You might be surprised to learn that some of your favorite go-to over-the-counter medications are available in prescription strength. Ask your doctor if you can take prescription non-steroidal anti-inflammatory drugs (NSAIDs), such diclofenac (Voltaren) and celecoxib (Celebrex). While these prescription drugs may produce more side effects than their non-prescription counterparts, they do not lead to dependence or addiction.
At the proper dose, opioids can effectively relieve pain. Taking a higher dose than necessary can lead to a number of health problems, including dependence, addiction, and even overdose or death.
To avoid these problems, start with the lowest dose possible and then ask your doctor to increase the dosage as necessary to control your pain.
The longer you take opioids, the greater your risk for developing a drug problem. In fact, a study published by the Centers for Disease Control and Prevention (CDC) showed that opioid dependency starts within just a few days – just after five days of use in many cases.
Ask your doctor to prescribe fewer pills and try to take opioids for the shortest amount of time possible – you can always ask your doctor to refill your prescription if you continue to have pain after you have finished your first bottle of pills.
Doctors want to relieve pain – it is what doctors do. Some doctors tend to overprescribe, though, by giving their patients too many painkillers.
Overprescribing leads to misuse and diversion of leftover pills to the black market. The study by QuintilesIMS Institute found that overprescribing by doctors left 3.3 billion opioid pills unused by patients, making those pills available for misuse.
If you have taken prescription opioids every day for several days in a row, you may have developed physical dependence on opioids. This means your body has acclimated to the presence of opioids, and that you have to take a certain amount of opioids every day for your body to feel “normal.” If you are physically dependent on opioids and try to quit suddenly, you may experience unpleasant withdrawal symptoms. These withdrawal symptoms can include muscle pain, nausea and vomiting, diarrhea, restlessness, sweating, and anxiety.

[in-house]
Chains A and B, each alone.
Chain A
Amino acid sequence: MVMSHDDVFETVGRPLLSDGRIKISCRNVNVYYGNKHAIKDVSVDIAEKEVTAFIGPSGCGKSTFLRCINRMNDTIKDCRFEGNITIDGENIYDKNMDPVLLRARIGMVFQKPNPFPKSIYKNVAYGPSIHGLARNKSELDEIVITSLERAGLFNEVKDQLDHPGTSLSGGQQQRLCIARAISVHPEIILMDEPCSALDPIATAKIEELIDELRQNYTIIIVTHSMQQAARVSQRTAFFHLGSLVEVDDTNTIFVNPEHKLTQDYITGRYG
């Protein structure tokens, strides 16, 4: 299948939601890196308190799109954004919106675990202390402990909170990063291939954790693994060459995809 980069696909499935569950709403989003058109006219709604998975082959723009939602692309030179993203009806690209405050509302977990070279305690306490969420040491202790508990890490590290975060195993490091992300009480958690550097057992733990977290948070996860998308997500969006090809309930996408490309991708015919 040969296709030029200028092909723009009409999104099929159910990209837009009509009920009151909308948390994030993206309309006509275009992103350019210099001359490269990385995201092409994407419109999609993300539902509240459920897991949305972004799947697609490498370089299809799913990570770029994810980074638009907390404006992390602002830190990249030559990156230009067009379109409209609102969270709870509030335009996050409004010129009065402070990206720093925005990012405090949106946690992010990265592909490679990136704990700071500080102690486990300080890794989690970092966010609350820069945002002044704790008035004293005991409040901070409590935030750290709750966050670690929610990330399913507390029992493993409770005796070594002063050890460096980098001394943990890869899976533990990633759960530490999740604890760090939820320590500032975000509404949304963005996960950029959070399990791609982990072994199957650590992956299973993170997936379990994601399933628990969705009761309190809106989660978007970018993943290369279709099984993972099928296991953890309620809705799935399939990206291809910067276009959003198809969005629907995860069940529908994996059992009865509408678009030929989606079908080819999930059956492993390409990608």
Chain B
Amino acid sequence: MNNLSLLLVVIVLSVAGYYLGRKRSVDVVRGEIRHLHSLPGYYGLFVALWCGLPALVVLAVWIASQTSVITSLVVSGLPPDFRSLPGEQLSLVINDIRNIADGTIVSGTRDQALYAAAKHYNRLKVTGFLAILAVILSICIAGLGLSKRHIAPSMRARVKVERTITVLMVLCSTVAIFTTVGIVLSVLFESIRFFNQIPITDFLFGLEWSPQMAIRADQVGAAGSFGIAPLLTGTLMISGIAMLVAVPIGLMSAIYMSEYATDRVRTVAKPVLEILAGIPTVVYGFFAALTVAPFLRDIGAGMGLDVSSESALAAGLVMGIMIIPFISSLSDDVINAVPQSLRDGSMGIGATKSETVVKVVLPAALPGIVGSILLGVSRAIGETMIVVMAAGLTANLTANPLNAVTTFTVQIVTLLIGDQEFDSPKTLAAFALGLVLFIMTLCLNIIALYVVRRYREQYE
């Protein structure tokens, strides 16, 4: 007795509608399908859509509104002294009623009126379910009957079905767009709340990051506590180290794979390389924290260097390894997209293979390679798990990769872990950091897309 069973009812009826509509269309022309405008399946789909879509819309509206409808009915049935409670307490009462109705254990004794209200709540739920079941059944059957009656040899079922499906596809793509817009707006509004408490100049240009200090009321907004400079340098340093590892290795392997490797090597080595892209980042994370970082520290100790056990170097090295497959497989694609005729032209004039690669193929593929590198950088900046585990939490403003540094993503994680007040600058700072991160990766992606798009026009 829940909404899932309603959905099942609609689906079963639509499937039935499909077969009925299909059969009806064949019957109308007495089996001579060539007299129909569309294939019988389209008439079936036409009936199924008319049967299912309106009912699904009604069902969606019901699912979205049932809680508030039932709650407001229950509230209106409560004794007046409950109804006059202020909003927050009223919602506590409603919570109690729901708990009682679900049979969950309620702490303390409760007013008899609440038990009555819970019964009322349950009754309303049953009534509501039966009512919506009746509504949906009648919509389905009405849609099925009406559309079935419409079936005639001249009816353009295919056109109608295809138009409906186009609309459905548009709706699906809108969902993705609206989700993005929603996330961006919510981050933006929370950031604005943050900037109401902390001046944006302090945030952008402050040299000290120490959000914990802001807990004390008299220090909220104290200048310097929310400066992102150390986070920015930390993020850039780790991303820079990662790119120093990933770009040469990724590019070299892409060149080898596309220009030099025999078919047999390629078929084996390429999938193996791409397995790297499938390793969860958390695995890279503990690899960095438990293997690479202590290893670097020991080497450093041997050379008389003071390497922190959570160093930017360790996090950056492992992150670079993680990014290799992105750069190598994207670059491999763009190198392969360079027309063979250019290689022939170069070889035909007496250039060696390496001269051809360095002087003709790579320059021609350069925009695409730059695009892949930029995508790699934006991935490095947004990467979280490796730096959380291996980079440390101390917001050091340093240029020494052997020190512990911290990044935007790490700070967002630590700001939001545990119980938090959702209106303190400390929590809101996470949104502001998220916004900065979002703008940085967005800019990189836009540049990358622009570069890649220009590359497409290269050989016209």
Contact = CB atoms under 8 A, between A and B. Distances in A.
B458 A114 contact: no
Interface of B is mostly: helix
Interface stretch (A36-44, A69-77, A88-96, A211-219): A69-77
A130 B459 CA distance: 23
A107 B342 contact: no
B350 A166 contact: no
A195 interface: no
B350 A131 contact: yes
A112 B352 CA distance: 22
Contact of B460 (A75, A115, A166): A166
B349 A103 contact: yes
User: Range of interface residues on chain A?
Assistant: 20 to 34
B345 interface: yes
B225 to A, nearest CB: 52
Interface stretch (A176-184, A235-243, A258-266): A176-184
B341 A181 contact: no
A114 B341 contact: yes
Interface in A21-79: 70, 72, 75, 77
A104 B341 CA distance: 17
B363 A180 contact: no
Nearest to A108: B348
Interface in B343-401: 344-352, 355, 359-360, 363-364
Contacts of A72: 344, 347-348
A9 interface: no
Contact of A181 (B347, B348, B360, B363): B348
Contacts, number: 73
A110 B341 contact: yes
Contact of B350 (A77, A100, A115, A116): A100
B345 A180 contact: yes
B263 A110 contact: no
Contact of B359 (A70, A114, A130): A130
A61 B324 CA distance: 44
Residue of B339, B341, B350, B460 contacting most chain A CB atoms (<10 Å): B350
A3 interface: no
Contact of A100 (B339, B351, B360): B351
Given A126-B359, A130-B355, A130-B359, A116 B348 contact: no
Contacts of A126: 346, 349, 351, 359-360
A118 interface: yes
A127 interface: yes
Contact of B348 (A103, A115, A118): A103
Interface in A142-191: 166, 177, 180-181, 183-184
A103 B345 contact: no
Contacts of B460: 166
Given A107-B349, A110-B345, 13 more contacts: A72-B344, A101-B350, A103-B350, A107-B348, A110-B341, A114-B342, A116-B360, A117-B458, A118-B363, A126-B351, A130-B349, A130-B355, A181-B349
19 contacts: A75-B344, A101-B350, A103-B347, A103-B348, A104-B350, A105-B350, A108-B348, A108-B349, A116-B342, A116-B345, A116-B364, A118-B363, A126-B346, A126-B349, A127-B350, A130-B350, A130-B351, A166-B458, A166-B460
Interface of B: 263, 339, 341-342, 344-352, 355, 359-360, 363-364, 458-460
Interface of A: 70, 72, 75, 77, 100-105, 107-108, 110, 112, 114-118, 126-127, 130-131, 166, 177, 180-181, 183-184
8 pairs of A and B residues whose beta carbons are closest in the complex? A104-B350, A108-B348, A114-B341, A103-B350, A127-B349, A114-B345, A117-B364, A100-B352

To avoid experiencing withdrawal symptoms, gradually reduce the amount of opioids you take every day. If you have difficulty reducing your dosage gradually, talk to your doctor.
Naloxone, also known by the brand name Narcan, quickly reverses the effects of opioids during a drug overdose. The Substance Abuse and Mental Health Services Administration (SAMHSA) says that naloxone should be available to those patients at high risk for overdose. These patients include those that take high doses of opioids to manage long-term pain, or take certain extended-release or long-acting opioid medications. SAMHSA also says that someone on a rotating medication regimen, where he or she periodically switches to a different type of opioid, should have naloxone available.
Patients can use an automatic injection device or nasal spray to administer naloxone to themselves; family members and caregivers can administer an intravenous dose of naloxone every two to three minutes in an overdose emergency.
If you are at high risk for overdose, speak with your doctor about a prescription for naloxone. Your doctor or pharmacist should show you and your family members or caregivers how to administer naloxone.
Before you take an opioid, talk with your doctor or other health care professional. The more you know about the opioid medications you take, the better you can protect yourself from becoming part of the opioid epidemic.